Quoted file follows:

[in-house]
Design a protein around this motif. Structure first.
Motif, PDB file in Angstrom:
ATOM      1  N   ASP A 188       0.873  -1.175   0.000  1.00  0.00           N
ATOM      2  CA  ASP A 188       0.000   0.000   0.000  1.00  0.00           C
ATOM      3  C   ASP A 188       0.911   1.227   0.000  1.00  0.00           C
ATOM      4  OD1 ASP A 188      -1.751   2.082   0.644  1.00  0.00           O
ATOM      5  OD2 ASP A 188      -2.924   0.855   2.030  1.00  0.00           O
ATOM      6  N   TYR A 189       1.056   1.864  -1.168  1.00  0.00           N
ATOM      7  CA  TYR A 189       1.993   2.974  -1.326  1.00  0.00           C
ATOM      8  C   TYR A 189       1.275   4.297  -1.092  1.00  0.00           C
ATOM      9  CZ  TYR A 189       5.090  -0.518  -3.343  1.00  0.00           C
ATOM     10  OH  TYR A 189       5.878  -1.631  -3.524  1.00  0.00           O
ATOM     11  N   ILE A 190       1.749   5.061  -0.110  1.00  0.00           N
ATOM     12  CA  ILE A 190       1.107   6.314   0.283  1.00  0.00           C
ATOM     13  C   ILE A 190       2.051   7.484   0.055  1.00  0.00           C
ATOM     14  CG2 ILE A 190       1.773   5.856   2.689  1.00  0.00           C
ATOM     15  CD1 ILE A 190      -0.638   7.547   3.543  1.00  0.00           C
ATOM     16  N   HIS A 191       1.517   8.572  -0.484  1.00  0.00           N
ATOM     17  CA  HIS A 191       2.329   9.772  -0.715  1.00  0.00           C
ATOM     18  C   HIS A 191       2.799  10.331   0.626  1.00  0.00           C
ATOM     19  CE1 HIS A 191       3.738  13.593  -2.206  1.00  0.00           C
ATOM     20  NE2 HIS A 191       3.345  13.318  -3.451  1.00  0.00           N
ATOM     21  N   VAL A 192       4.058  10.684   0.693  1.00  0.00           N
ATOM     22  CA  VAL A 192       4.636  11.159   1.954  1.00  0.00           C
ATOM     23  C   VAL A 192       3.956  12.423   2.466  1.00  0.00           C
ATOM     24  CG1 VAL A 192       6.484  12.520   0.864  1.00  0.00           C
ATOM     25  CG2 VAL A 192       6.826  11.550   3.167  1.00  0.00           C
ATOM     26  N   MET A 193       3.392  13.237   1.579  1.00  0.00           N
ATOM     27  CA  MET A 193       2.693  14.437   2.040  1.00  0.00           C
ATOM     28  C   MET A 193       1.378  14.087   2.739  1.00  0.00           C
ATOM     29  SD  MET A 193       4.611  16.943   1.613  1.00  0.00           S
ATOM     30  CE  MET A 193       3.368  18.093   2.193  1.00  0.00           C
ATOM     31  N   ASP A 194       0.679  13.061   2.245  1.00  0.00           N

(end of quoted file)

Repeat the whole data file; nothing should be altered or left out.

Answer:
[in-house]
Design a protein around this motif. Structure first.
Motif, PDB file in Angstrom:
ATOM      1  N   ASP A 188       0.873  -1.175   0.000  1.00  0.00           N
ATOM      2  CA  ASP A 188       0.000   0.000   0.000  1.00  0.00           C
ATOM      3  C   ASP A 188       0.911   1.227   0.000  1.00  0.00           C
ATOM      4  OD1 ASP A 188      -1.751   2.082   0.644  1.00  0.00           O
ATOM      5  OD2 ASP A 188      -2.924   0.855   2.030  1.00  0.00           O
ATOM      6  N   TYR A 189       1.056   1.864  -1.168  1.00  0.00           N
ATOM      7  CA  TYR A 189       1.993   2.974  -1.326  1.00  0.00           C
ATOM      8  C   TYR A 189       1.275   4.297  -1.092  1.00  0.00           C
ATOM      9  CZ  TYR A 189       5.090  -0.518  -3.343  1.00  0.00           C
ATOM     10  OH  TYR A 189       5.878  -1.631  -3.524  1.00  0.00           O
ATOM     11  N   ILE A 190       1.749   5.061  -0.110  1.00  0.00           N
ATOM     12  CA  ILE A 190       1.107   6.314   0.283  1.00  0.00           C
ATOM     13  C   ILE A 190       2.051   7.484   0.055  1.00  0.00           C
ATOM     14  CG2 ILE A 190       1.773   5.856   2.689  1.00  0.00           C
ATOM     15  CD1 ILE A 190      -0.638   7.547   3.543  1.00  0.00           C
ATOM     16  N   HIS A 191       1.517   8.572  -0.484  1.00  0.00           N
ATOM     17  CA  HIS A 191       2.329   9.772  -0.715  1.00  0.00           C
ATOM     18  C   HIS A 191       2.799  10.331   0.626  1.00  0.00           C
ATOM     19  CE1 HIS A 191       3.738  13.593  -2.206  1.00  0.00           C
ATOM     20  NE2 HIS A 191       3.345  13.318  -3.451  1.00  0.00           N
ATOM     21  N   VAL A 192       4.058  10.684   0.693  1.00  0.00           N
ATOM     22  CA  VAL A 192       4.636  11.159   1.954  1.00  0.00           C
ATOM     23  C   VAL A 192       3.956  12.423   2.466  1.00  0.00           C
ATOM     24  CG1 VAL A 192       6.484  12.520   0.864  1.00  0.00           C
ATOM     25  CG2 VAL A 192       6.826  11.550   3.167  1.00  0.00           C
ATOM     26  N   MET A 193       3.392  13.237   1.579  1.00  0.00           N
ATOM     27  CA  MET A 193       2.693  14.437   2.040  1.00  0.00           C
ATOM     28  C   MET A 193       1.378  14.087   2.739  1.00  0.00           C
ATOM     29  SD  MET A 193       4.611  16.943   1.613  1.00  0.00           S
ATOM     30  CE  MET A 193       3.368  18.093   2.193  1.00  0.00           C
ATOM     31  N   ASP A 194       0.679  13.061   2.245  1.00  0.00           N